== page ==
When theory and observation collide: Can non-ionizing radiation cause cancer?
November 29, 2016: The Missing Link: Why your government isn’t protecting you from mobile phones and Wi-Fi when research shows this radiation causes cancer.
The American scientific journal, Environmental Pollution, reports in its next issue that government safety guidelines for microwave radiation emitted by mobile phones, Wi-Fi, smart meters, and other common wireless devices, are fundamentally flawed and fail to protect the public from this possible carcinogen.
See abstract at end of this article.
This paper presents a highly probable mechanism that involves an increase in free-radicals, which–in turn–explains the increased risk of cancers documented in epidemiological studies that are associated with environmental exposure to RFR and ELF EMFs at levels well below international guidelines.
• There is sufficient scientific evidence of cellular damage caused by non-ionizing radiation (NIR) well below thermal guidelines.
• Applying the ionization model to NIR is inappropriate as mechanisms of biological interactions differ.
• Free radicals can and do cause cancer and NIR can and does increase free-radicals.
Scientific evidence increasingly shows wireless radiation causes cancer and infertility and other health effects, but due to a flawed assumption in safety guidelines, governments in the United States, Canada, and the UK (and many other countries) are allowing their citizens to be overexposed to microwave radiation from wireless technology.
Because governments relied on the wrong model when declaring these devices to be safe.
Ionizing radiation such as x-rays and gamma rays are known to cause cancer by detaching the negative ion – the electron – at the heart of human cell structure. Non-ionizing radiation, such as microwaves, do not detach electrons. Therefore when determining whether microwave-emitting devices were safe to be sold to the public, governments formulated their consumer safety guidelines with the understanding that microwave radiation does not directly or immediately discharge electrons. Despite the growing number of scientific studies documenting that microwave radiation causes cancer, governments have refused to update their guidelines.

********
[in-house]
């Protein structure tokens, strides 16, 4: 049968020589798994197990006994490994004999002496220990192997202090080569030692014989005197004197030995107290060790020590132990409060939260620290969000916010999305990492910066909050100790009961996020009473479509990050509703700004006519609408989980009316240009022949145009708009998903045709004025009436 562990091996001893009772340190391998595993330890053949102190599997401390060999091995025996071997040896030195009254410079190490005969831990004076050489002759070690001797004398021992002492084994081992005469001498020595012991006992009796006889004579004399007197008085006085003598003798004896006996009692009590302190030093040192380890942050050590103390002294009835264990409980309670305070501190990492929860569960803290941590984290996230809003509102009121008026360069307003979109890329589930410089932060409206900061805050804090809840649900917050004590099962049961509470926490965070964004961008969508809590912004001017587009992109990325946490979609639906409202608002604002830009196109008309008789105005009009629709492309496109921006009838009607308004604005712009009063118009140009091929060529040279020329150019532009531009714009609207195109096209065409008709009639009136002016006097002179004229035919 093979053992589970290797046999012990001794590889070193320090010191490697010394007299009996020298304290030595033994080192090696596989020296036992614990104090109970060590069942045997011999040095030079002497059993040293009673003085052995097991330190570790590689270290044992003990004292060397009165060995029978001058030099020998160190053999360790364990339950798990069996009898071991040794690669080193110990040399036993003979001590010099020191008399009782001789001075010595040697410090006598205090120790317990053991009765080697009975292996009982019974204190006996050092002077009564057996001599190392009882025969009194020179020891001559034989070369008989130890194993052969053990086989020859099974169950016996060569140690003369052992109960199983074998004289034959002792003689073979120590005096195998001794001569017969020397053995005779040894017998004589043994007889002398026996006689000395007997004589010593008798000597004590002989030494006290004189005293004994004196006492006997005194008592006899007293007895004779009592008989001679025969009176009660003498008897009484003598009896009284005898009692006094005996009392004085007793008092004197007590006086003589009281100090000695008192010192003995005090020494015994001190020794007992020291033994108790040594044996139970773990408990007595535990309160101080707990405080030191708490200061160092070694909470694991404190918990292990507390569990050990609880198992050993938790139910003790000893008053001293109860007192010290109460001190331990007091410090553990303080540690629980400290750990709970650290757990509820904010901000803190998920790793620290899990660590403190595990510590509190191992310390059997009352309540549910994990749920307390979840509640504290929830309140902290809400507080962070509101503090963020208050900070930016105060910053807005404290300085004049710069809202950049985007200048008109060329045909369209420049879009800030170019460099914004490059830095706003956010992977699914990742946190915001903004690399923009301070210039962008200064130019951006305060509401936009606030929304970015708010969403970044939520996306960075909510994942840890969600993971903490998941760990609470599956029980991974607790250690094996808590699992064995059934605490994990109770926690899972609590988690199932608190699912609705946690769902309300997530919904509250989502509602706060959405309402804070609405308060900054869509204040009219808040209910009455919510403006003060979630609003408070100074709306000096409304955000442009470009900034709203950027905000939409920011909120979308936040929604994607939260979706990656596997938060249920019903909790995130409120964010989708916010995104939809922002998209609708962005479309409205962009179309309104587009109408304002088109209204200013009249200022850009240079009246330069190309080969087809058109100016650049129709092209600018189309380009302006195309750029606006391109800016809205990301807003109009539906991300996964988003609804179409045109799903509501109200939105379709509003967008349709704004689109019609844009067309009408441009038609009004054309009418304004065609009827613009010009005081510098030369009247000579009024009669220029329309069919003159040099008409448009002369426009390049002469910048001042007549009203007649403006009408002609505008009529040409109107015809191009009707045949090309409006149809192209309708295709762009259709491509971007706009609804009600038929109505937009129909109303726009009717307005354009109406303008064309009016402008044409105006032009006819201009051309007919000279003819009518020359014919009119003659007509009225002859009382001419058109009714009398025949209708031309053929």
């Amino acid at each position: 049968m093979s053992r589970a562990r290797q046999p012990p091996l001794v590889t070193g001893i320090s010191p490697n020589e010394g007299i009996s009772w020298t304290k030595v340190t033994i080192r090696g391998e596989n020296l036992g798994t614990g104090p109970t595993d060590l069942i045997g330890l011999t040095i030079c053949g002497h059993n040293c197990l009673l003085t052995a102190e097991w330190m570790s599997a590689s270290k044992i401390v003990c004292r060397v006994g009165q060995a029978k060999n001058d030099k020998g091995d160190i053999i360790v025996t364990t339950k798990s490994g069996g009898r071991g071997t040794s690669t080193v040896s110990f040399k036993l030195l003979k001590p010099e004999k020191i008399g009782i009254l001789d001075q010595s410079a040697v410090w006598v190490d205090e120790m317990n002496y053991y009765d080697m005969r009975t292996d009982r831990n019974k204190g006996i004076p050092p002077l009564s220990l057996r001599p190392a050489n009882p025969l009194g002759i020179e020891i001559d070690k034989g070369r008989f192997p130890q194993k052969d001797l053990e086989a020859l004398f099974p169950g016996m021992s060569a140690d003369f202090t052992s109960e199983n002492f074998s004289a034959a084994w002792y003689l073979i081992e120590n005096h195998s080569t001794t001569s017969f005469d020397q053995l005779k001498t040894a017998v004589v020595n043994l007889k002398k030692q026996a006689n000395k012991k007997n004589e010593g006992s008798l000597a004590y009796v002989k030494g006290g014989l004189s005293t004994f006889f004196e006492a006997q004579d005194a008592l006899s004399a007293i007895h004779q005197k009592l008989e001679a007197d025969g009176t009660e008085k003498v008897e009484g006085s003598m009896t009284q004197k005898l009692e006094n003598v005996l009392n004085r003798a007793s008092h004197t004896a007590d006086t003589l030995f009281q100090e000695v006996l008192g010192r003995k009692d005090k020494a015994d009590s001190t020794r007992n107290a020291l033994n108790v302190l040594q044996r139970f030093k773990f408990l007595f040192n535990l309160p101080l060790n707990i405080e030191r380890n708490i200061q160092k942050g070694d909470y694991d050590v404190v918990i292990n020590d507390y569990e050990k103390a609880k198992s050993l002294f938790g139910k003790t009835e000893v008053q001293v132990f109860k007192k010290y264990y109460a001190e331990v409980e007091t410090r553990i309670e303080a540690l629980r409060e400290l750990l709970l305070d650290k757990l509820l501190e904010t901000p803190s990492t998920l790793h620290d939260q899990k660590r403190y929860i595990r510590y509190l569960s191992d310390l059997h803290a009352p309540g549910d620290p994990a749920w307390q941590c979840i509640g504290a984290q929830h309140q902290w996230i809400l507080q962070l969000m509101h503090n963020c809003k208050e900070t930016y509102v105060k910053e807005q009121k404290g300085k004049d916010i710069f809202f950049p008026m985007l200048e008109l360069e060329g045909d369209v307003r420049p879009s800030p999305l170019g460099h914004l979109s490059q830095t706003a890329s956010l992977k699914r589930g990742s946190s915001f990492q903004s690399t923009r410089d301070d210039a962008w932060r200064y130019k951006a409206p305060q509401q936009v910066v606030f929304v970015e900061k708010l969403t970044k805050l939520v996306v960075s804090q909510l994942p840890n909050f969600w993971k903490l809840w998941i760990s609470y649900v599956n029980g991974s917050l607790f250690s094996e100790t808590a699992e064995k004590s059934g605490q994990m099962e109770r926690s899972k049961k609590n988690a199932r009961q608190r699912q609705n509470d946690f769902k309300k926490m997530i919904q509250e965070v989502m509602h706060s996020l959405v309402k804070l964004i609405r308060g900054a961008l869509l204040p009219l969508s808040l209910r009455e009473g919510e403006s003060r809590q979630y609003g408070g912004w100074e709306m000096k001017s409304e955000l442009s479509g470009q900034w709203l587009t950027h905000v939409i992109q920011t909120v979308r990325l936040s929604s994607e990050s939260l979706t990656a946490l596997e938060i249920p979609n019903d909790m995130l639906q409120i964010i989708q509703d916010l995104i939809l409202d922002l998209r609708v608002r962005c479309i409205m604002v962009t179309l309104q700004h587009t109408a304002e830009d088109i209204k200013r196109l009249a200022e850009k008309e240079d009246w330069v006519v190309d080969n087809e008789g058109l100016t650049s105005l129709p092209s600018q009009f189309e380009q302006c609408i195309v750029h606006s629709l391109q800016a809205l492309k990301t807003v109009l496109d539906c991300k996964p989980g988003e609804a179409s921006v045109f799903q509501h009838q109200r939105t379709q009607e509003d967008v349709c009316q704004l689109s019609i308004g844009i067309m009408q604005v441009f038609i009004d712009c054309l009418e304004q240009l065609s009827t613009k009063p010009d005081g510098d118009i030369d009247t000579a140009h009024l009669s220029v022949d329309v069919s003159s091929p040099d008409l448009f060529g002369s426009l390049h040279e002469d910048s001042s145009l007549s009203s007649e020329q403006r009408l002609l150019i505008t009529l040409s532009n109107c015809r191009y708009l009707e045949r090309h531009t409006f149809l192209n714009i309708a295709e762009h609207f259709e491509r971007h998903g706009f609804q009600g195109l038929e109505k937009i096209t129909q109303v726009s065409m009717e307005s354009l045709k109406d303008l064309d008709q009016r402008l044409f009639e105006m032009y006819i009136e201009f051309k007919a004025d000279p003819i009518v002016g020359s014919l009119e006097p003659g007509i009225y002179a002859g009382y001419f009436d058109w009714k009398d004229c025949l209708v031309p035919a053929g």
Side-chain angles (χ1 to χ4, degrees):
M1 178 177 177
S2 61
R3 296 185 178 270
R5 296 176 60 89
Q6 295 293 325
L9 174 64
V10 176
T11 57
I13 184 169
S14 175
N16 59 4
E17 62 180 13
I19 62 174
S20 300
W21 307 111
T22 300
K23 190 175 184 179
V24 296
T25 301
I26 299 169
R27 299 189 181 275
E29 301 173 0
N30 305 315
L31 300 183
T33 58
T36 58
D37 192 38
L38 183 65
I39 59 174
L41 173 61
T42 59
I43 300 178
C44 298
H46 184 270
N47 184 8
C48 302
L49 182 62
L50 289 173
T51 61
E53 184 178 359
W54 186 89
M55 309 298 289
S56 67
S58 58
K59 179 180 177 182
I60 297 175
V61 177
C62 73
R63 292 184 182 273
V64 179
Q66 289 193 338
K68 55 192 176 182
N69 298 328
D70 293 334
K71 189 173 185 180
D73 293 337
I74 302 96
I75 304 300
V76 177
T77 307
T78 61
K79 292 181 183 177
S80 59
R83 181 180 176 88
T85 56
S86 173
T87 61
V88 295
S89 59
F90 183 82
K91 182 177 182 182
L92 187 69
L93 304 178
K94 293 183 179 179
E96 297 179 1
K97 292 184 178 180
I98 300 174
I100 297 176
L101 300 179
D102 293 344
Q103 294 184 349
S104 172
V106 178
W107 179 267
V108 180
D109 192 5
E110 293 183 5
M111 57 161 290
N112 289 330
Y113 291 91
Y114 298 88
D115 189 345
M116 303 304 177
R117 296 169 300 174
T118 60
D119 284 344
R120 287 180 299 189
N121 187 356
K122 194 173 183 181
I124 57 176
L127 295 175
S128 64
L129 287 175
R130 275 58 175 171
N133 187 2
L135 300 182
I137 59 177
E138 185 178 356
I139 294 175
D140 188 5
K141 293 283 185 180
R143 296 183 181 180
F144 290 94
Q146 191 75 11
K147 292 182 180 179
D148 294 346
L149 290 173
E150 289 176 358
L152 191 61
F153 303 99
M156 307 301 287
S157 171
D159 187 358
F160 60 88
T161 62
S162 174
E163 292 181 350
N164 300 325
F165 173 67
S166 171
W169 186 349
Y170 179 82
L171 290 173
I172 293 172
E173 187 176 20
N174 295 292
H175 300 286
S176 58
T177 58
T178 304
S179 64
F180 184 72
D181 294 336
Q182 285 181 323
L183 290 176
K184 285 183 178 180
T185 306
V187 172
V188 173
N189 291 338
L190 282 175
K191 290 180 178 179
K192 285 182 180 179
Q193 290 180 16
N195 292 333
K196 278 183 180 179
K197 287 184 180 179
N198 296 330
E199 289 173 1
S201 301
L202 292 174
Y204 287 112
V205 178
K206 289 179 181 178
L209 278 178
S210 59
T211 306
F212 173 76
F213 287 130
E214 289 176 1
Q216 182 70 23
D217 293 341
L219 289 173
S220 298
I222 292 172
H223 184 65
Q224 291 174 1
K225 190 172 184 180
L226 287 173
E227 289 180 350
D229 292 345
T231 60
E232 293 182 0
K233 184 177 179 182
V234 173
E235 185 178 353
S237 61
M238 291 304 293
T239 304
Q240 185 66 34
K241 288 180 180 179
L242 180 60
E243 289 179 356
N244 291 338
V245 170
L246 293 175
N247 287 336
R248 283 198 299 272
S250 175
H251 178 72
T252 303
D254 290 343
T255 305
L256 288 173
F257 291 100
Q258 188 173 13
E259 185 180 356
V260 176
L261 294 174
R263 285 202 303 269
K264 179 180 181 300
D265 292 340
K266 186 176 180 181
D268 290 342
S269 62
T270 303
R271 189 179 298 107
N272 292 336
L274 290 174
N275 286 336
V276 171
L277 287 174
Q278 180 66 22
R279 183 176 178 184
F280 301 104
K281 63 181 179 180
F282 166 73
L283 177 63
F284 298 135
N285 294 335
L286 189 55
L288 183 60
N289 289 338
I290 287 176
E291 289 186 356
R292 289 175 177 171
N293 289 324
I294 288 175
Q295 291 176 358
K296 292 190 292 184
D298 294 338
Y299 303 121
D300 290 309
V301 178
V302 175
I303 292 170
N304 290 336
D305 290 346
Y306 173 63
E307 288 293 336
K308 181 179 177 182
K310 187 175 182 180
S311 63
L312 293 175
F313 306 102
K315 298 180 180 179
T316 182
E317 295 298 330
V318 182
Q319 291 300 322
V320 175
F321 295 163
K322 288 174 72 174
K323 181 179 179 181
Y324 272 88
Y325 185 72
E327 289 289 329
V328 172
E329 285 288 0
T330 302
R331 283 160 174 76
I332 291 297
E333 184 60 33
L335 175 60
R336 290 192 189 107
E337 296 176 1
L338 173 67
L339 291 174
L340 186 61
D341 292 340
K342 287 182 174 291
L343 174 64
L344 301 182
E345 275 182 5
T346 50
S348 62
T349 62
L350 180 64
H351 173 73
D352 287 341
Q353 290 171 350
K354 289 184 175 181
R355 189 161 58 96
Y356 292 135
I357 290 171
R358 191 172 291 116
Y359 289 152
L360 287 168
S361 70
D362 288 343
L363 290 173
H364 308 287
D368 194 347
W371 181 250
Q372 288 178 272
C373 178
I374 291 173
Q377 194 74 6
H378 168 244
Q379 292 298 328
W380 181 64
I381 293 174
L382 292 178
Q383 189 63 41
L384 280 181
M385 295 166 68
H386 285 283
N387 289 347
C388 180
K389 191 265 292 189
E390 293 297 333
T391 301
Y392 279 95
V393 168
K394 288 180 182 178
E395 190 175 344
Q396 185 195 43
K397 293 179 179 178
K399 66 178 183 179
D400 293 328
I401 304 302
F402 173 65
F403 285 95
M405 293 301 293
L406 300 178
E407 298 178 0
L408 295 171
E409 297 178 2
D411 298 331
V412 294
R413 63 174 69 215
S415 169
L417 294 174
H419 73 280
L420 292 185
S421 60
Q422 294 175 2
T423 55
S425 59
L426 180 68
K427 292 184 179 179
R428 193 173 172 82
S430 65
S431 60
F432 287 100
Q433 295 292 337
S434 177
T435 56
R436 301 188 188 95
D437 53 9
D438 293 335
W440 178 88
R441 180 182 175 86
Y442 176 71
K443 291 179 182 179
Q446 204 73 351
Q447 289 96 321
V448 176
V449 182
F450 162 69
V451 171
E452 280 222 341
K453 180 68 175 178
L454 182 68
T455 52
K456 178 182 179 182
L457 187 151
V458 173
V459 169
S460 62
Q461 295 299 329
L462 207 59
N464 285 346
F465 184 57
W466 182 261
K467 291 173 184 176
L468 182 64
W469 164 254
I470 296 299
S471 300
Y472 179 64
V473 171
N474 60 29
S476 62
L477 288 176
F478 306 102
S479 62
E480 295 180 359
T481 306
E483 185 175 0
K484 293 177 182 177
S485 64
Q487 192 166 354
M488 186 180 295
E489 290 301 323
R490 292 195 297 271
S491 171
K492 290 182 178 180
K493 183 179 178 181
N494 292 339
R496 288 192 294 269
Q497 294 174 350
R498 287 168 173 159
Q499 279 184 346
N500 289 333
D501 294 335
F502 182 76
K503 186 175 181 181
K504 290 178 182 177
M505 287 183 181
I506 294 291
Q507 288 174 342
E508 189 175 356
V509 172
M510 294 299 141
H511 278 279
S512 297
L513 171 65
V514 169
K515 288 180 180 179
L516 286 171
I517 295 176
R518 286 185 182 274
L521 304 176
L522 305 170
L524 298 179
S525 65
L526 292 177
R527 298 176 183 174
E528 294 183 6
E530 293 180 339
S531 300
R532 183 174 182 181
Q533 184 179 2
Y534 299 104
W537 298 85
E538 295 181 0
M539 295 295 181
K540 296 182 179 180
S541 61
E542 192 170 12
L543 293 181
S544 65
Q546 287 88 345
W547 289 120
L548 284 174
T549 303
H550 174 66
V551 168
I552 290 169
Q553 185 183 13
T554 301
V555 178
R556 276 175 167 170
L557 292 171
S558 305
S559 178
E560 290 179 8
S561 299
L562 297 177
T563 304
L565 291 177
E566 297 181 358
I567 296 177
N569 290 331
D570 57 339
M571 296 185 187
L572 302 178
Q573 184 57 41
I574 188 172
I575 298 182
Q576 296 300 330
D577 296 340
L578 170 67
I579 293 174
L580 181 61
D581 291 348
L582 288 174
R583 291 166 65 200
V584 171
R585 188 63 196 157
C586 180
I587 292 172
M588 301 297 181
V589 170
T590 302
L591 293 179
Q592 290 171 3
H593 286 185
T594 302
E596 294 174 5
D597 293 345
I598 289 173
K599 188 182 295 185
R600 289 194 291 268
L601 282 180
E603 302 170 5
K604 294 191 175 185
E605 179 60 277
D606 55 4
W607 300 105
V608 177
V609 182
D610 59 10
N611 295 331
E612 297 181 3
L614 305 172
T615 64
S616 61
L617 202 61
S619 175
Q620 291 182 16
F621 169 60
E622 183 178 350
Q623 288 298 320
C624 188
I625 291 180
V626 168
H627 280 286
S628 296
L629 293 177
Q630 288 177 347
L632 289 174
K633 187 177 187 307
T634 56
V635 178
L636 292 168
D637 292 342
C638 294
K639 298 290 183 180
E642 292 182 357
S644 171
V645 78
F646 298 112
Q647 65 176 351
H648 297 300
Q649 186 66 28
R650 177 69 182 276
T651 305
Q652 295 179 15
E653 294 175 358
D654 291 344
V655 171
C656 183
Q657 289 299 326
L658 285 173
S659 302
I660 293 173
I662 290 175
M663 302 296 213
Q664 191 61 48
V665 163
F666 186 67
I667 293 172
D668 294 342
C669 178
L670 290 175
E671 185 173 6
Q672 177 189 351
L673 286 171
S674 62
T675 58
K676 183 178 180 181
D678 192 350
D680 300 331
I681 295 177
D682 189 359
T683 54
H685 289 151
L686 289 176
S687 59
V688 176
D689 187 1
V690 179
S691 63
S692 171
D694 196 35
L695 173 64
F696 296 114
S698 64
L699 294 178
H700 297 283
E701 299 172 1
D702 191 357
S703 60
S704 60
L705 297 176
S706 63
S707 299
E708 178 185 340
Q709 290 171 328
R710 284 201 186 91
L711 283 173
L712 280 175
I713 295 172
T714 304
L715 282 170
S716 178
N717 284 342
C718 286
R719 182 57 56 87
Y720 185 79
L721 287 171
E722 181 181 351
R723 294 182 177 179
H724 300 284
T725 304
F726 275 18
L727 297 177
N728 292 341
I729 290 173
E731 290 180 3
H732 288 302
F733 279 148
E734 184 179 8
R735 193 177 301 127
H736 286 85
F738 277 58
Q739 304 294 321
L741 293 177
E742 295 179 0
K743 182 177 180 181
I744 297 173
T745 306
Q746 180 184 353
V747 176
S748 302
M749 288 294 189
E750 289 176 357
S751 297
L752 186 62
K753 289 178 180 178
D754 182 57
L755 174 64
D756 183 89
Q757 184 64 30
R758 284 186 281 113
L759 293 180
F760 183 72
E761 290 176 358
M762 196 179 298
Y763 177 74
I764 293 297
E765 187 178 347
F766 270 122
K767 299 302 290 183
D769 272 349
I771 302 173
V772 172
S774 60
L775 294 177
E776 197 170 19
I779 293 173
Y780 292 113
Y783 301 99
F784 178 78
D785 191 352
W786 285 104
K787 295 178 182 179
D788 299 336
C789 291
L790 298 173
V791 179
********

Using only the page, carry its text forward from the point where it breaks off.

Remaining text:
One critical aspect of non-ionizing radiation has been overlooked.
Ionizing radiation increases free radicals in the body directly. Non-ionizing radiation increases free radicals in the body indirectly, by interfering with repair mechanisms that neutralize free radicals. Free radicals are carcinogenic. Therefore by interfering with the body’s ability to repair free radical damage, microwave radiation is also carcinogenic.
Microwave radiation was used in the 1940s for military radar, and was widely adopted for civilian residential use in the 1970s to cook food. Microwave ovens (originally called radar ranges) are shielded because microwaves are known to cause heating. At that time, it was assumed that the only danger from microwave exposure was tissue heating, known as the “thermal effect”. This led to thermal guidelines for microwave radiation.
This paper shines a spotlight on the misguided genesis of government regulations that are based on the thermal effect and documents free-radical damage induced by non-ionizing radiation.
As usage of microwave–emitting devices increases and is marketed to younger consumers without caution, we can expect a societal increase of certain types of cancers including gliomas as well as infertility and other health effects associated with free-radical damage. Indeed this is already happening.
Havas, M. 2016. When theory and observation collide: Can non-ionizing radiation cause cancer? Environmental Pollution (in press).
This paper attempts to resolve the debate about whether non-ionizing radiation (NIR) can cause cancer–a debate that has been ongoing for decades. The rationale, put forward mostly by physicists and accepted by many health agencies, is that, “since NIR does not have enough energy to dislodge electrons, it is unable to cause cancer.” This argument is based on a flawed assumption and uses the model of ionizing radiation (IR) to explain NIR, which is inappropriate. Evidence of free-radical damage has been repeatedly documented among humans, animals, plants and microorganisms for both extremely low frequency (ELF) electromagnetic fields (EMF) and for radio frequency (RF) radiation, neither of which is ionizing. While IR directly damages DNA, NIR interferes with the oxidative repair mechanisms resulting in oxidative stress, damage to cellular components including DNA, and damage to cellular processes leading to cancer. Furthermore, free-radical damage explains the increased cancer risks associated with mobile phone use, occupational exposure to NIR (ELF EMF and RFR), and residential exposure to power lines and RF transmitters including mobile phones, cell phone base stations, broadcast antennas, and radar installations.